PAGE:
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Manolo Blahnik is the more obvious go-to shoe designer for the delicate matter of mules, kitten heels and half-slippers but as an alternative, I’m finding these creations by Les Chaussons de la Belle quite charming.  I say “quite charming” with an Austen tone of voice by the way.  They seem to be the fanciful creations of a Giuliana Venerosi Pesciolini, who uses the Italian manufacturer Lanzoni & B to facilitate production.  The references are clear - Fragonard paintings, 18th century belles such as Madame de Pompadour and Georgiana Cavendish, the Duchess of Devonshire and their excessive spending on apparel.  Shapes such as the low-heeled half slippers appear to be derived directly from those 18th century petite chassures.  For the modern feet, they’re just a step further away from the fully enclosed gentlemen’s slippers that have flooded the flats section in the last year or so.  Les Chaussons de la Belle uses silk moirés, cotton jacquards and silks, sourced from - yup, you guessed it -Rubelli.  I’m particularly entranced by the pastel stripes and chintzy Colefax & Fowler-esque florals.  You don’t need me to lay on the hyperboles though when it comes to persuading us of these feet creations.  Pesciolini herself sets a hilarious scene for us to imagine.  If this isn’t a life of leisure, I don’t know what is:

"The point (most important, and often dangerously forgotten!) is feeling beautiful over breakfast. Ladies, how do we want to be remembered… from down? Think sliding with delicious ease into these Watteau-esque boudoir slippers wearing a whisper of silk and lace… A private, awfully chic elegance. Our chaussons and bags follow you from a marriage in Tuscany to glamorous Park Avenue cocktail parties, from tea under the palm trees to a fairy night’s ball. And dinner à deux, of course! Oh yes, men love them."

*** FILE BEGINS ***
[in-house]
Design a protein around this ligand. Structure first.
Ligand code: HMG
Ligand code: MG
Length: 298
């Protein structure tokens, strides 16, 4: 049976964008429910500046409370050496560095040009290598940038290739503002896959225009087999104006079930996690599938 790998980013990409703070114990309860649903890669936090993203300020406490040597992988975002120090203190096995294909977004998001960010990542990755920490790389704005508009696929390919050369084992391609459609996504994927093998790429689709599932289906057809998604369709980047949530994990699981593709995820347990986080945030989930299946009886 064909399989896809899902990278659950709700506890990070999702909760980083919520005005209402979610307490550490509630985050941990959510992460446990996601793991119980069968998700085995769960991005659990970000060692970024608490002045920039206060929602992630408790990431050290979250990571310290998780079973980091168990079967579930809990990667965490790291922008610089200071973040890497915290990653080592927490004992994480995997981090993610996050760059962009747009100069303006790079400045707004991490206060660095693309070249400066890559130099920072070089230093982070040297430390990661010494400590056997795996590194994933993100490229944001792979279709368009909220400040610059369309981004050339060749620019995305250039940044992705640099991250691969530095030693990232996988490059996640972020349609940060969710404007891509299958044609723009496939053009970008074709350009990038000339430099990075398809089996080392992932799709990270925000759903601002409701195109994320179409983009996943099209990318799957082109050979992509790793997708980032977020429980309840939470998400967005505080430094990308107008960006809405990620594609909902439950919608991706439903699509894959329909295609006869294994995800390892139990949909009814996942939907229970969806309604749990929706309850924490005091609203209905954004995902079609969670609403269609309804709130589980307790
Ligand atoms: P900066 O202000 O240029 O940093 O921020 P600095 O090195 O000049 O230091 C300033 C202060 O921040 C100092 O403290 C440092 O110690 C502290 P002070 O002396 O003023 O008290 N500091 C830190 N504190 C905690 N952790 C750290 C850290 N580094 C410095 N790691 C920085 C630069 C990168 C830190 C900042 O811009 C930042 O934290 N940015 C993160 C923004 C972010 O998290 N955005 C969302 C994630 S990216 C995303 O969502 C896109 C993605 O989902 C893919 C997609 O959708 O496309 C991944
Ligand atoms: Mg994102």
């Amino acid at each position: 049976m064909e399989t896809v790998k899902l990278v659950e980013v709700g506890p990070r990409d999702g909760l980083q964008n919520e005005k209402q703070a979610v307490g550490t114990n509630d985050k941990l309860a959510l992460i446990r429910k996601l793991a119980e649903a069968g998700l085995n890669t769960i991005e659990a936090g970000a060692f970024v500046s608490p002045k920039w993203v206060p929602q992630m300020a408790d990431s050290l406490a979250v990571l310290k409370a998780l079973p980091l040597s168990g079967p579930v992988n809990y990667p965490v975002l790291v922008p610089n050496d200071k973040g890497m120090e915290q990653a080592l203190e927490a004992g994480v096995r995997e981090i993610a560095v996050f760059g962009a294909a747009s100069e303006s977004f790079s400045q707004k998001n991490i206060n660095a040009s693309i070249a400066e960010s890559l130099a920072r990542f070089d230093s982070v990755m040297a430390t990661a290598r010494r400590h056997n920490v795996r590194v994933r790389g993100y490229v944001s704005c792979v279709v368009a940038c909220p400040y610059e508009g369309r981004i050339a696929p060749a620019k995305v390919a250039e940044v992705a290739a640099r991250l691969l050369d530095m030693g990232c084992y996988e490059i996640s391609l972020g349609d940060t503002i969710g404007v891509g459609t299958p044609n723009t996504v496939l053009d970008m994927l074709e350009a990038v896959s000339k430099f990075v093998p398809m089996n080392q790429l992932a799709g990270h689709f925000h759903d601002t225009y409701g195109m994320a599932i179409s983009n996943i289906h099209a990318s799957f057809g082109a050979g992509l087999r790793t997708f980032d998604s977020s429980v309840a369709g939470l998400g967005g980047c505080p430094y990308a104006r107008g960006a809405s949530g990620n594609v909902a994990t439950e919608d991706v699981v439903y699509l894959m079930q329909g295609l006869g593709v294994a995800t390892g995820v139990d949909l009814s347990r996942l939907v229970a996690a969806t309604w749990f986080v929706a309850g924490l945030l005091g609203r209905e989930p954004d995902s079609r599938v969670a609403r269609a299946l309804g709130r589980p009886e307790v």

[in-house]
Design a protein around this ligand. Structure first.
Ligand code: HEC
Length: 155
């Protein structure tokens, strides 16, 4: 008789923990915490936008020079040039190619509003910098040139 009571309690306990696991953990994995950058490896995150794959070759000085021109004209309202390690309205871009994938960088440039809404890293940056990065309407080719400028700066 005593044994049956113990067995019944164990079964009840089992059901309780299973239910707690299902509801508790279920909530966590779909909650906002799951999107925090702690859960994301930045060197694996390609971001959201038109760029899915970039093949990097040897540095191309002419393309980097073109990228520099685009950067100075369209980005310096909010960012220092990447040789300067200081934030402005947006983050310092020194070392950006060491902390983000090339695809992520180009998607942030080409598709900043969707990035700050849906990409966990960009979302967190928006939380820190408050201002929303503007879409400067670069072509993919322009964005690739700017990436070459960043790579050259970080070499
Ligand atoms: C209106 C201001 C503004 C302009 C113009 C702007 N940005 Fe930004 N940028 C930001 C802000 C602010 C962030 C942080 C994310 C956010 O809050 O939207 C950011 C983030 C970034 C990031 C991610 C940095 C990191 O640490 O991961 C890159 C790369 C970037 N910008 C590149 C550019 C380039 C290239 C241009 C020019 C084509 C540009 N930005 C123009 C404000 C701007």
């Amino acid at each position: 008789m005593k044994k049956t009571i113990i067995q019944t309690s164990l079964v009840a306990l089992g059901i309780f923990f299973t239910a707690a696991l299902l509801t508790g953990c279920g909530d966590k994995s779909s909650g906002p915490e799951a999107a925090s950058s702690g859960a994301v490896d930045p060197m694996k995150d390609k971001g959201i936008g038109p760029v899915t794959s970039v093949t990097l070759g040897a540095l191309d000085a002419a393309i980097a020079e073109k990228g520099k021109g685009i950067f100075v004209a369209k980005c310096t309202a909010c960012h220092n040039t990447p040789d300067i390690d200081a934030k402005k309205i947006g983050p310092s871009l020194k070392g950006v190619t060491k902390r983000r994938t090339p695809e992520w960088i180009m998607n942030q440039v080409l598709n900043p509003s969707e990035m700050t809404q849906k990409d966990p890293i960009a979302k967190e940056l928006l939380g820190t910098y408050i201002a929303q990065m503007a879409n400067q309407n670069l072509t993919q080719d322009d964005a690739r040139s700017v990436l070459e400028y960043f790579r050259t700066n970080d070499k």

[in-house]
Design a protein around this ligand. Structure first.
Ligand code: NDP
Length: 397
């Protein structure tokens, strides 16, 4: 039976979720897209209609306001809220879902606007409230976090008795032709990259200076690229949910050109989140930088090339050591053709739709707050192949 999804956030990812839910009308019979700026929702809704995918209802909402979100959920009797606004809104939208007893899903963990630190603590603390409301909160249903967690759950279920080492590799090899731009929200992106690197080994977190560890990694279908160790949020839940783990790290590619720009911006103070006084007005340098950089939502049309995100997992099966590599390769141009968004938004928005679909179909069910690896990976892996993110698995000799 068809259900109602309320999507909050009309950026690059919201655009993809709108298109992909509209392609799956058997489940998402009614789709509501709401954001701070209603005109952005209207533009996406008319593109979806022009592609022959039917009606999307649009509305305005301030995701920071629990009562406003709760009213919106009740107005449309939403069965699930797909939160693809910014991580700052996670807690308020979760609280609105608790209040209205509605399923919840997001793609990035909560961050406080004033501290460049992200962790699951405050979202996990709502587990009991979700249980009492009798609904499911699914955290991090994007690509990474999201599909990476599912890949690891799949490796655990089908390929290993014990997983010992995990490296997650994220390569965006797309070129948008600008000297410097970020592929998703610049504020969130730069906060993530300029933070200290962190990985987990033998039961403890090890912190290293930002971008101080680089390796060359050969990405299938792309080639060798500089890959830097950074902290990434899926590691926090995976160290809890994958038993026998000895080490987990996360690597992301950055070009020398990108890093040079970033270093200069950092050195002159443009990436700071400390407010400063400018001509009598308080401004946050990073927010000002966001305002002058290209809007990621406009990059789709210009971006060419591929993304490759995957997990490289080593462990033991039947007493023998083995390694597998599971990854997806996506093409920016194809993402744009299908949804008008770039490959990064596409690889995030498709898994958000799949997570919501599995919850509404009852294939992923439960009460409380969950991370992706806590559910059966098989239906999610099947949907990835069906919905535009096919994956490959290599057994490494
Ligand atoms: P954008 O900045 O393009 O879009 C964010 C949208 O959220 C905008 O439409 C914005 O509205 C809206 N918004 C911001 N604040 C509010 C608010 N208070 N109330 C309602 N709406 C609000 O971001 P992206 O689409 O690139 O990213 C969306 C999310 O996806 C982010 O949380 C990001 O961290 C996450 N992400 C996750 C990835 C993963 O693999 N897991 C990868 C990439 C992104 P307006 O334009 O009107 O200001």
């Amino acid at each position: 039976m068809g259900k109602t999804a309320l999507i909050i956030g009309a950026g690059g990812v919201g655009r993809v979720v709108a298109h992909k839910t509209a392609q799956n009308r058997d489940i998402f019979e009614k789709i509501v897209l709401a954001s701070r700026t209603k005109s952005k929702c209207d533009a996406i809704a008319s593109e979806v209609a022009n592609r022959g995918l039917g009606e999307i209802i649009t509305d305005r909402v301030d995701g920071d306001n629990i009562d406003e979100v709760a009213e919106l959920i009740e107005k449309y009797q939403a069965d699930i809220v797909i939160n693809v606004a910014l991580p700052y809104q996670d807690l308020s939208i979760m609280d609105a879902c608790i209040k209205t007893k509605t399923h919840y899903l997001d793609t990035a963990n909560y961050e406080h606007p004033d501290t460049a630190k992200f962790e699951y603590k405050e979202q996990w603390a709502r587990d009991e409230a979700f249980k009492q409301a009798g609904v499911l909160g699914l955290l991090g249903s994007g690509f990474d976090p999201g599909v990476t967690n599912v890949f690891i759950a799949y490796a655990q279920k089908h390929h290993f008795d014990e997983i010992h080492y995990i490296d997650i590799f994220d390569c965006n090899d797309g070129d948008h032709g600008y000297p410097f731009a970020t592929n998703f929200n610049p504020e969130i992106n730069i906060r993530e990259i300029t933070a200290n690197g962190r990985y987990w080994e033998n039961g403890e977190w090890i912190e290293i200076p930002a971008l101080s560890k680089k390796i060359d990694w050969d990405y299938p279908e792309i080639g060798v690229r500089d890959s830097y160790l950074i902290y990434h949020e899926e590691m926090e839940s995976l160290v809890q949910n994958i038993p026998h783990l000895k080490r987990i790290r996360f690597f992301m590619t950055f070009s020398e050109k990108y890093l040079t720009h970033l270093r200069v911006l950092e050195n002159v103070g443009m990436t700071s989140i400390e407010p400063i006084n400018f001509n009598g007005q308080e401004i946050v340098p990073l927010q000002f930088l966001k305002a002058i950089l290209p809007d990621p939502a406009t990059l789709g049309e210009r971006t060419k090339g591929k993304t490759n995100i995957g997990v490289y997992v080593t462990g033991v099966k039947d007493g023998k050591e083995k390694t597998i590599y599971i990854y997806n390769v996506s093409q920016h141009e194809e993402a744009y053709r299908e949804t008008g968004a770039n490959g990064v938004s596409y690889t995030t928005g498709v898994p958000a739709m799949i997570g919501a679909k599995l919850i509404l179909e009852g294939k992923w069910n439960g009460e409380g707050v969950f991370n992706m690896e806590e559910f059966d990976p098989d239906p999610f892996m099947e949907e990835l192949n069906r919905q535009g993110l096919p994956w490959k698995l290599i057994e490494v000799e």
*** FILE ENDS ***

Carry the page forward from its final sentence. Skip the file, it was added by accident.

The shoe designer’s words, not mine. 

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7:08 am  •  7 January 2013  •  1 note
rituals and potatoes and advance copies so.

i had a big post planned – about the things i’ve been up to lately. there has been quite lot: speaking at the semi-permanent conferences, visiting leah in tropical tweed heads, a shoot for inside out, ari’s 5th birthday. but of course all those things meant i have been manic, and have barely had a second to sit down. so you might just miss out on that stuff (unless you are on instagram – then you get to see everything). but i will quickly tell you about 2 exhibitions i am involved in in the coming weeks. the first is ‘Rituals’, curated by the ever-busy hungry workshop. all the artists where asked to design masks or faces – here is a sneak preview of my work combined with eirian chapman’s piece:


the exhibition opens on saturday at koskela showrooms in sydney (where the school also resides), and is up until the 7th of october. you can see a flashy preview of some of the work on the hungry workshop blog. (the show is rumoured to be heading to melbourne next).

the second show is at ganim store (61 brunswick st, fitzroy). as part of their upcoming kids week rae has asked 40 artists to customise a mr.potato head doll. they are not for sale, just for fun (which is great!). details below:

and another thing that happended last week. something monumental, something i could not not write about : an advance copy of my book “find and keep” arrived!


i am so happy with it. i can’t wait for it to be out in the big wide world and getting put to good use. it will be in bookstores from the 1st of november. keep an eye out here for some sneak peeks and also melbourne and sydney launch party details.

there you go – i did get to sit down long enough to write something. and as from tomorrow i will have many more opporutnites to sit down. or lie down even. possibly next to a pool, or on a beach, with cocktail in hand. yes – we are going on a holiday. were off to malaysia for some more tropical fun times. i plan to eat and lounge and then eat again. and oh my god do i feel as though i have earned it. see you in two weeks!

Tags: artwork, exhibitions, family, find and keep, holidays!, melbourne
Posted in General | 11 Comments »

(Source: beciorpin.com)

9:53 pm  •  26 December 2012

WEEKEND PRETTIES: KATE MOSS’ GREAT GATSBY WEDDING PHOTOS

8.20.2011